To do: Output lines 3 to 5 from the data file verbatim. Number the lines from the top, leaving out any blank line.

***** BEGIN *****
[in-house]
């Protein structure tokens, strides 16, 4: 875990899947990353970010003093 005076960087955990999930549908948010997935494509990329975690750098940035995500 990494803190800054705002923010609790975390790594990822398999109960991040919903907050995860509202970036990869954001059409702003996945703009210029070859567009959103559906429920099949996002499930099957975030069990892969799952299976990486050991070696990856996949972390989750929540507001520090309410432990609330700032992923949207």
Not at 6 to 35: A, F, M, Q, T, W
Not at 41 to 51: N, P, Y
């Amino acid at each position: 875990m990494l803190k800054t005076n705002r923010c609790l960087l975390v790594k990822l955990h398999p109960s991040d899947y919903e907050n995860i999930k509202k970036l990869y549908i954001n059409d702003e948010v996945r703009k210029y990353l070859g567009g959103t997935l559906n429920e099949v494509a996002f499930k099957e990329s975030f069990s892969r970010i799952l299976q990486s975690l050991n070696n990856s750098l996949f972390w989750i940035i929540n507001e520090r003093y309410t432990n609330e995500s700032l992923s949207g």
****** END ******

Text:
Not at 6 to 35: A, F, M, Q, T, W
Not at 41 to 51: N, P, Y
């Amino acid at each position: 875990m990494l803190k800054t005076n705002r923010c609790l960087l975390v790594k990822l955990h398999p109960s991040d899947y919903e907050n995860i999930k509202k970036l990869y549908i954001n059409d702003e948010v996945r703009k210029y990353l070859g567009g959103t997935l559906n429920e099949v494509a996002f499930k099957e990329s975030f069990s892969r970010i799952l299976q990486s975690l050991n070696n990856s750098l996949f972390w989750i940035i929540n507001e520090r003093y309410t432990n609330e995500s700032l992923s949207g």